Lenehan, who is also president of the Restaurants Association of Ireland, has about 150 staff in his three gastropubs and one cafe/delicatessen, which also offers some accommodation. He says students tend to be far less keen to take on bar or catering work than when he was starting out.

In the short term they could fill gaps in his rosters, but the bigger issue, he says, is that such shifts were previously a way into a sector that a portion of part-time workers then decided they would like to make a career for themselves in.

“I think Covid sort of accelerated that process,” he says. “We lost a generation of 18-, 19-, 20-year-olds who weren’t looking for those jobs. We’ve missed them.”

The changing nature of vocational training has had an impact too, he says, with the likes of trainee chefs now far harder to find for shifts at weekends.

He says education should have a huge role to play in making young people more aware of the potential for careers in a sector that employs about 175,000 people.

Apprentices are not covered by minimum wage legislation. Why would a young adult sign up to work in all weathers for a fraction of what the local German supermarket will pay? So a simple answer is decent pay and conditions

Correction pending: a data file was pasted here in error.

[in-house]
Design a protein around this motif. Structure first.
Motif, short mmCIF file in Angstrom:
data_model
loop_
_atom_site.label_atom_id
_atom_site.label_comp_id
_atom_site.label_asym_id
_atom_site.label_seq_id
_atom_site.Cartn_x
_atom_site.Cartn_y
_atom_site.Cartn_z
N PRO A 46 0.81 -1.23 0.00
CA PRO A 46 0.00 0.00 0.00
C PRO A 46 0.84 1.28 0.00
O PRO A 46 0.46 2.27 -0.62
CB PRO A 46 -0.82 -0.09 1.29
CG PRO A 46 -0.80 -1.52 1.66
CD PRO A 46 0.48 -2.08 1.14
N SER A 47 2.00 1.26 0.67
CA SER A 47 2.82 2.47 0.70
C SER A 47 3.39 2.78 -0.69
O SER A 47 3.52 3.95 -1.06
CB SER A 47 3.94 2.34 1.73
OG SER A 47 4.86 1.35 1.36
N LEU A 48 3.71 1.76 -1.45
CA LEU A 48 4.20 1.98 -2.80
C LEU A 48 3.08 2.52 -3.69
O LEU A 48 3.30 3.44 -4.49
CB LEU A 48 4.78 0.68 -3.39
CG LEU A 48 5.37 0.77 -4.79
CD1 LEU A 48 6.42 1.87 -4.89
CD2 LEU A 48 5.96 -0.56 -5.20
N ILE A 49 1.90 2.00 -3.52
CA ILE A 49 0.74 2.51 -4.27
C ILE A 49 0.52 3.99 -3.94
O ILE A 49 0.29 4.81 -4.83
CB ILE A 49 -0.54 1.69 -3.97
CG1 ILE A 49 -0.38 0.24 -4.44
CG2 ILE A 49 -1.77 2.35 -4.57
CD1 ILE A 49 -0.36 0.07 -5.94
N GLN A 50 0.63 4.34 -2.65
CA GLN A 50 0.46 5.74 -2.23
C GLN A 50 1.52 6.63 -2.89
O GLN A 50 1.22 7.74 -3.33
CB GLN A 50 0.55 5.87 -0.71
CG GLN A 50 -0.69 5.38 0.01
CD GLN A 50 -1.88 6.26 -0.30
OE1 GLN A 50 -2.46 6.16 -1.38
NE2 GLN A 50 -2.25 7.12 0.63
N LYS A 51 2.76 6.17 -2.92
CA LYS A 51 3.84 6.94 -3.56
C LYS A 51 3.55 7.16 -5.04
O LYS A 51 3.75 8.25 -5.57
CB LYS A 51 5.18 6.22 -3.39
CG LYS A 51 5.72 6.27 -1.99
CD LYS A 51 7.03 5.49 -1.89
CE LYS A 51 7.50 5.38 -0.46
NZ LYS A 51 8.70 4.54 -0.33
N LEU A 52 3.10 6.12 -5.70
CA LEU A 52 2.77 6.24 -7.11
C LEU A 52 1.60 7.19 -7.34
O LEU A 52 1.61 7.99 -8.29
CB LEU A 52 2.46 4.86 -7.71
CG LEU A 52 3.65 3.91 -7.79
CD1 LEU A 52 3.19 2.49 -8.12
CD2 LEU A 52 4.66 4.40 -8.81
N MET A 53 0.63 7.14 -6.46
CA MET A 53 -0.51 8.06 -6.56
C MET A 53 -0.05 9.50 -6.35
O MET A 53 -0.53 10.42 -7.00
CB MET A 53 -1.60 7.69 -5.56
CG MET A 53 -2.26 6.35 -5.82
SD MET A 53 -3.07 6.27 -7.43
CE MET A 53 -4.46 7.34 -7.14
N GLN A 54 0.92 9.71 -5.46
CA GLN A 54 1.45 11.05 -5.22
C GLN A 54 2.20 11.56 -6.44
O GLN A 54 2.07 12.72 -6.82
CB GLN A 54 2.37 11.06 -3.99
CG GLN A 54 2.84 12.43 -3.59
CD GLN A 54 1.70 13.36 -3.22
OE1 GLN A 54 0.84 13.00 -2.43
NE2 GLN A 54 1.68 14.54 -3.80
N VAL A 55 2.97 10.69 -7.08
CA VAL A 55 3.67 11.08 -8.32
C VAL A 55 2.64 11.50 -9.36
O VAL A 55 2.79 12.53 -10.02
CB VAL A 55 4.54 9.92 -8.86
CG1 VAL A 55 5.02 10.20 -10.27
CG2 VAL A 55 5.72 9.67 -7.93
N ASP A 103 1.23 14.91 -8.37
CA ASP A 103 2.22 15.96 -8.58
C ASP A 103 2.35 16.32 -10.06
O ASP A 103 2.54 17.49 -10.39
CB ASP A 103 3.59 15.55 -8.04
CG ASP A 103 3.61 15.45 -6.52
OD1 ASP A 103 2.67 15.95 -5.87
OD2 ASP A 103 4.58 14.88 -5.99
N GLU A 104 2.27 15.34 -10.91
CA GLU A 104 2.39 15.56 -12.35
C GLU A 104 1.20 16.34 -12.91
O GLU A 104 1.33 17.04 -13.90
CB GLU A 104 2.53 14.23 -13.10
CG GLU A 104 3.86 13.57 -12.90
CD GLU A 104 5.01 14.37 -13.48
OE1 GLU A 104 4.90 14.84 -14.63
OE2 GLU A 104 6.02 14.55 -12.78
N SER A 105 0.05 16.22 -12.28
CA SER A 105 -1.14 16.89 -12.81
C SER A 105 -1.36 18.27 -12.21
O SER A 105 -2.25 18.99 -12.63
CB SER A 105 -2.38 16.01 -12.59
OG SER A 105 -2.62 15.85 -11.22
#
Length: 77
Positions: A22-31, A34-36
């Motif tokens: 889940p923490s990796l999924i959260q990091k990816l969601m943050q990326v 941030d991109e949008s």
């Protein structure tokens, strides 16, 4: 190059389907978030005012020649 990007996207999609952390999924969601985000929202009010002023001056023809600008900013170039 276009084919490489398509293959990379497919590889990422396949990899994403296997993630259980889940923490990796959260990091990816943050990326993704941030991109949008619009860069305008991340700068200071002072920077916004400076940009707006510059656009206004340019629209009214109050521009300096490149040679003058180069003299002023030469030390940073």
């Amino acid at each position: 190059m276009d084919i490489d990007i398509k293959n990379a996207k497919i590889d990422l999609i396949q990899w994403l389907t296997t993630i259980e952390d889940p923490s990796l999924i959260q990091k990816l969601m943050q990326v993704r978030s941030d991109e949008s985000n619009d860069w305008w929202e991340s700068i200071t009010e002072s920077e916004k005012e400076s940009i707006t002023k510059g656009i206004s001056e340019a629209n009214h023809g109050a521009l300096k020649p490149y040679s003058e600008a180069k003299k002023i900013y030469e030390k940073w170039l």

—  Laura Bambrick of the Irish Congress of Trade Unions

For Laura Bambrick, head of social affairs and employment policy at the Irish Congress of Trade Unions, the key issue is more immediate. “The sectors struggling most to fill vacancies are those with the worse pay and working conditions – hospitality, homecare, childcare etc,” she says.

“Construction also. Apprentices are not covered by minimum wage legislation. Why would a young adult sign up to work in all weathers for a fraction of what the local German supermarket will pay? So a simple answer is decent pay and conditions.”

Lenehan says there “is good money to be made” in bars and restaurants. “There’s 18-, 19-year-olds working for me probably coming out with a net income of €350-€400 and then making a fair whack of tips on top of that. So the money at that stage is quite sustainable, and then as people move into other roles, cheffing, junior managers ... it improves quite a bit. I think most people in the business would say that, if we can get the right staff, we will pay the money.”